Analysis Shows Major Benefits from Renewable Fuels

Legislation to increase use of renewable fuels in the United States could boost the domestic economy by US$300 billion and create 300,000 jobs by 2016, according to the National Biodiesel Board.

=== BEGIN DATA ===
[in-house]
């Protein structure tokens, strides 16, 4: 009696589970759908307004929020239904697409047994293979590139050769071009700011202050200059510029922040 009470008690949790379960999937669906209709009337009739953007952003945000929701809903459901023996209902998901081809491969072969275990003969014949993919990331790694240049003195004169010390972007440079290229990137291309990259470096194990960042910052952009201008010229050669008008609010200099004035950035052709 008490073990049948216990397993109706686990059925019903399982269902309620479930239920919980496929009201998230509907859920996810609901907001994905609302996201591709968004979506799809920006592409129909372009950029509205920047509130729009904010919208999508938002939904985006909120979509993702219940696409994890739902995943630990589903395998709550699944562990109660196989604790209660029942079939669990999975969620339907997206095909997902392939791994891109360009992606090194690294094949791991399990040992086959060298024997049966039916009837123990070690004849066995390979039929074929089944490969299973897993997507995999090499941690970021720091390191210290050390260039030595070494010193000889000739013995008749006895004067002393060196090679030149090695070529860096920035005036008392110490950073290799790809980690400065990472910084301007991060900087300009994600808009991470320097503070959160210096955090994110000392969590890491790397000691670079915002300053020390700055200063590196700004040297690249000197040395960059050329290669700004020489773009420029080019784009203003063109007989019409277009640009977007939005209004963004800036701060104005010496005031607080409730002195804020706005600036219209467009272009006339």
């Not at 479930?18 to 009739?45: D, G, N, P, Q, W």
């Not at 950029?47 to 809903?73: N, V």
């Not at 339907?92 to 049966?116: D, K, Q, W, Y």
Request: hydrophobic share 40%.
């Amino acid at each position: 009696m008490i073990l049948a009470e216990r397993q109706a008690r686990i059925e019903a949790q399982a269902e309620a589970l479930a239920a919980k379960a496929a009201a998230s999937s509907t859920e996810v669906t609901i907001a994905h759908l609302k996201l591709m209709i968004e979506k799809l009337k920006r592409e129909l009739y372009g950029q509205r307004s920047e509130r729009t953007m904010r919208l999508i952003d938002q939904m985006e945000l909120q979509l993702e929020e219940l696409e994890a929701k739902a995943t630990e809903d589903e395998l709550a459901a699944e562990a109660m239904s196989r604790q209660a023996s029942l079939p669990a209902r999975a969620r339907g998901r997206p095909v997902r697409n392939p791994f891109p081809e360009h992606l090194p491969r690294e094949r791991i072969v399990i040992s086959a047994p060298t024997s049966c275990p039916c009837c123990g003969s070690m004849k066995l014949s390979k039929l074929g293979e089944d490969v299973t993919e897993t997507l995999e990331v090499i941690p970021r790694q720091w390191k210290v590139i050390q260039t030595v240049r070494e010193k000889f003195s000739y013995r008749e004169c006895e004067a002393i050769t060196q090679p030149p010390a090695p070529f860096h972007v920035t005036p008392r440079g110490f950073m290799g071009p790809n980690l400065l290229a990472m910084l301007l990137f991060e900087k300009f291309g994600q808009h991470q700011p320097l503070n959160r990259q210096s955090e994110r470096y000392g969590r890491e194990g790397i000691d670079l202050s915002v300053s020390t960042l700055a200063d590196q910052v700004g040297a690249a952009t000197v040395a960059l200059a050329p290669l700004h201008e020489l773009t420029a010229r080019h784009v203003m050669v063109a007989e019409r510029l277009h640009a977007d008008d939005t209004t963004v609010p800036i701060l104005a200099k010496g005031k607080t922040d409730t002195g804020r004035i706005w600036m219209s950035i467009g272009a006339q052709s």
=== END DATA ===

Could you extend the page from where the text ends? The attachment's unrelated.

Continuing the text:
WASHINGTON, DC, US, 2002-01-16 [SolarAccess.com] Use of ethanol, biodiesel and other domestic fuels would generate an additional $71 billion over the next 15 years, according to John Urbanchuk of AUS Consultants in the report, ‘An Economic Analysis of Legislation for a Renewable Fuels Requirement for Highway Motor Fuels.’ The U.S. Congress is considering legislation that would require vehicle fuel to contain a minimum renewable content, and the study examines the “broad implications” of increased demand for renewable fuels and how it would provide for the energy security and promote environmental quality. The law would require motor vehicle fuel to contain a minimum quantity of renewable fuel, and the study assumes the percentage by volume would start at 1.2 percent next year and increase to 4 percent by 2016. Using projections for highway energy use, that would increase the use of renewable fuel in the U.S. from current levels of 1.9 billion gallons to 8.8 billion gallons by 2016. The majority of renewable fuel would come from ethanol produced from grain, but biodiesel would account for 15 percent by 2016. There would also be additional ethanol from cellulose conversion as that technology is commercialized. “An increase in the demand for renewable fuels … would have significant positive implications for energy security, the agricultural sector, and the economy,” says the report. Imports account for 60 percent of crude oil demand in the U.S., and the government expects this dependence to reach 70 percent by 2016. More use of renewable fuels would displace the equivalent of 2.9 billion barrels during that time, by reducing the share of imports to 65 percent by 2016. “The implications for the U.S. trade deficit of a reduction in oil imports of this magnitude are substantial,” it says, and would improve the U.S. trade deficit by $63 billion over the next 15 years. An increase in renewable fuel demand would have “significant positive impacts” on commodity prices, farm income and government spending for agricultural support programs. Virtually all ethanol produced in the U.S. comes from grain, with corn the leading feedstock, while biodiesel is made mostly from soybean oil from crushed soybeans. The livestock and poultry sector will only be modestly affected by increased use of corn and soybeans for ethanol and biodiesel production, but taxpayers would benefit from the elimination of loan deficiency payments and lower government cash payments for crop subsidies, to direct payments of $7.8 billion. Increased demand for renewable fuels would not result in a significant rise in consumer food prices. The renewable fuels industry would invest $10 billion on structures, machinery and equipment, and additional investments in infrastructure would be made for pipelines, storage facilities and transportation infrastructure to handle the larger production of ethanol. “Farmers, consumers, and taxpayers will directly benefit from legislation that would increase the renewable content of motor vehicle fuel used in the United States,” concludes the report. “Farmers will benefit from the development and steady growth of a significant base of domestic demand for grains, oilseeds, and other crops that would result in higher prices and revenues from marketings.” Legislation to increase the content of renewable fuels would put an additional $6.6 billion of net cash income in the pockets of U.S. farmers annually over the next 15 years. Taxpayers would benefit because improved demand and prices for grains will reduce the amount of taxpayer dollars needed for direct government payments to farmers, it explains. Consumers would benefit as domestically produced renewable fuels displace imported crude oil, reducing dependence on imports from “an increasingly unstable region of the world.” Renewable fuels means that “every acre of land that produces biomass used to make a renewable fuel ethanol becomes an oil patch that never runs dry,” and the direct economic consequence would include a reduction in the trade deficit by $63.4 billion by 2016.
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